Ben Johnson

Ben Johnson: I would have beaten Usain Bolt

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Doping-stained retired Canadian Olympian Ben Johnson said he’s the best sprinter of all time, greater than world record holder Usain Bolt.

Johnson crossed the finish line first in the 100 meters at the 1988 Seoul Olympics but was later stripped after testing positive for steroids. He’s been doing media recently promoting an anti-doping campaign.

In a video published Friday, a BBC reporter asked Johnson if Bolt was the greatest of all time.

“Well, he’s an all-around sprinter, 100, 200 meters,” Johnson, now 51, told the BBC. “But, I think Ben Johnson is the best sprinter, 100 meter.”

The BBC reporter followed up, asking, “You could have beaten Usain Bolt, in your day, if he was racing then?”

“Oh yeah,” Johnson said. “They don’t have the power I have.”

Then, the BBC reporter finished the line of questioning with the perfect response.

“Well if everyone had been clean, it would have been quite a race to watch,” he said.

This wasn’t the first time Johnson spoke with such confidence on the subject. Take this from Telegraph story published Friday:

In Australia last year he was adamant he was the “greatest sprinter who ever lived”, while announcing that he would have lowered Bolt’s 100m world record of 9.58 sec to 9.30. Does he stand by this? “Knowing what I do about what is going on out there, that is my answer,” he replies. “Technology has changed over the past 25 years.”

Johnson will take his anti-doping campaign back to Seoul on Sept. 24, the 25-year anniversary of his 100-meter final at the 1988 Olympics.

Video: Usain Bolt recovers to win 100 meters over Gatlin in Zurich

Chris Froome adds world champs medal to historic season

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Chris Froome added his first individual world championships medal to the most successful year of his incredible career.

The four-time Tour de France winner took bronze behind Dutchman Tom Dumoulin and Slovenian Primoz Roglic in the time trial in rainy Bergen, Norway, on Wednesday.

Dumoulin, the Olympic time trial silver medalist and Giro d’Italia winner, covered the 19-mile course in 44 minutes, 41 seconds. Roglic, a former ski jumper, was 57.79 seconds slower.

Froome, who owns two Olympic time trial bronze medals, was 1:21.25 behind. The top American was Tejay van Garderen in 26th.

Full results are here.

Froome, though possibly tired from sweeping the Tour de France and Vuelta a España this summer, benefited from the layout, which featured a two-mile climb to the finish.

He improved from seventh going into the final climb to make the podium by 7.27 seconds.

That summit all but dashed the hopes of German Tony Martin going into the race. Martin won his record-tying fourth world time trial title last year but is not a great climber. He finished ninth.

In Bergen, Froome was bidding to become the second cyclist to win the Tour de France and the world time trial title in the same year. Spaniard Miguel Indurain achieved the feat in 1995, the last of his five straight years winning the Tour.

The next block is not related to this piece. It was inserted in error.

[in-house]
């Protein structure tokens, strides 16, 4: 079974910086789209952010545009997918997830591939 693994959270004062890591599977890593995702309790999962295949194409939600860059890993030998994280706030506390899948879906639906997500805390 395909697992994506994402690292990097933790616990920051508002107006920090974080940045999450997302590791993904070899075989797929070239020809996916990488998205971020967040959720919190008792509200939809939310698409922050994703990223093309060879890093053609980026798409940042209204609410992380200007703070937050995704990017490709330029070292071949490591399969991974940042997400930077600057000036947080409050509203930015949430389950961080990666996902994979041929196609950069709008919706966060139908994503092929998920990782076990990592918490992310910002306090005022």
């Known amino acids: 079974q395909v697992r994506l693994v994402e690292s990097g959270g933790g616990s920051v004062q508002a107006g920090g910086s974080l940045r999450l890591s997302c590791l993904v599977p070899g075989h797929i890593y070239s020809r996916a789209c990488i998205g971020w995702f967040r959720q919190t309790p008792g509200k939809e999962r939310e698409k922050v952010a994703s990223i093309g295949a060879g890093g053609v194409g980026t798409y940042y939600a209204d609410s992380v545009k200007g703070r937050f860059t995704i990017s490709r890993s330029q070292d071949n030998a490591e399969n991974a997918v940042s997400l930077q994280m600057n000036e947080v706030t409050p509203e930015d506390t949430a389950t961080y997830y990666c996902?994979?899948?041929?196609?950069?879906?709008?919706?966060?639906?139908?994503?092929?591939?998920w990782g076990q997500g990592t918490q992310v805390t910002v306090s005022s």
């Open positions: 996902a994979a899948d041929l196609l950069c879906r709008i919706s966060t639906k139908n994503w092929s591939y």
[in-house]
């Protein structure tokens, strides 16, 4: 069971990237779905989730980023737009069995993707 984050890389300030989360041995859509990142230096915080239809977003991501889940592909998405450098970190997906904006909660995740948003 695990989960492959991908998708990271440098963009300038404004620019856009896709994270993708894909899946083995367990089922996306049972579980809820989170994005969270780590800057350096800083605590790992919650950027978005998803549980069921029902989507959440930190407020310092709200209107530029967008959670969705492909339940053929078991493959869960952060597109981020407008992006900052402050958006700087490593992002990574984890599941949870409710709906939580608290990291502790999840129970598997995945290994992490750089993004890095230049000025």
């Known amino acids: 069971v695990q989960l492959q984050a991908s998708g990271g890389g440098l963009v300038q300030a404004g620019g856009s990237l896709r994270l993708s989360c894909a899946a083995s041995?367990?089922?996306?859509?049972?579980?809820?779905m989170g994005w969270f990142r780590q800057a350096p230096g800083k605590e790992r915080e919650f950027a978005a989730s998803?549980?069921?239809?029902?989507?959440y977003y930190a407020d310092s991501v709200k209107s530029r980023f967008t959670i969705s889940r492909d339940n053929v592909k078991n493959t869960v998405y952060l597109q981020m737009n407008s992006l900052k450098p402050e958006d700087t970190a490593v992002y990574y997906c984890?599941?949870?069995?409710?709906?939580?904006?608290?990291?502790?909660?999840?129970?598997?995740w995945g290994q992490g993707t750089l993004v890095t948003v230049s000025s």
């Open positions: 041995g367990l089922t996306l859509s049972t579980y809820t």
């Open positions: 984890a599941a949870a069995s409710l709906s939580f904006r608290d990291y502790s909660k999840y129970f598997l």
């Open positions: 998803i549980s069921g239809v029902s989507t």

The time trial debuted at worlds in 1994.

He also hoped to join Eddy Merckx (1974) and Stephen Roche (1987) as the only men to win multiple Grand Tours and a world title (either road race or time trial) in the same year.

The world championships continue Friday with junior and U23 road races. The next elite event is the women’s road race on Saturday. The weeklong championships conclude with the men’s road race Sunday.

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MORE: World Road Cycling Championships broadcast schedule

Michael Phelps still has ‘no desire’ to come back

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Michael Phelps says he has “no desire” to return to competitive swimming, but he is eager to stay involved with the sport and cheer on those who follow in his enormous wake.

In an interview Tuesday with The Associated Press while promoting a healthy pet food campaign, Phelps said he is excited about the birth of his second child and numerous opportunities away from the pool.

It was around this time four years ago when Phelps got serious about ending his first retirement, but he now seems content with his decision to step away again after the Rio Olympics.

His wife, Nicole, is about four months pregnant. The couple already has a 16-month-old son, Boomer.

“I’ve got no desire, no desire to come back,” the 32-year-old Phelps said flatly.

Phelps has attended a handful of swimming meets since the Rio Games, where the winningest athlete in Olympic history added to his already massive career haul by claiming five gold medals plus a silver. A few months ago, he conceded to the AP that he was eager to see how he would feel about a possible comeback after this year’s world championships in Budapest, Hungary.

Turns out, it had no impact.

Phelps said watching others compete “truly didn’t kick anything off or spike any more interest in coming out of retirement again.”

He is eager to follow the development of his heir apparent, Caeleb Dressel, who emerged as the sport’s newest star by winning seven gold medals at Budapest. The 21-year-old Floridian joined Phelps and Mark Spitz as the only swimmers to accomplish that feat at a major international meet.

“I’m happy Caeleb decided to go off this year instead of last year,” Phelps joked. “I’m kind of happy to see him swimming so well when I’m not there.”

With Dressel and Katie Ledecky now leading the American team, the U.S. is expected to remain the world’s dominant swimming country heading into the 2020 Tokyo Olympics.

Even without Phelps.

“It’s time to kind of move on,” he said, “and watch other people come into their own.”

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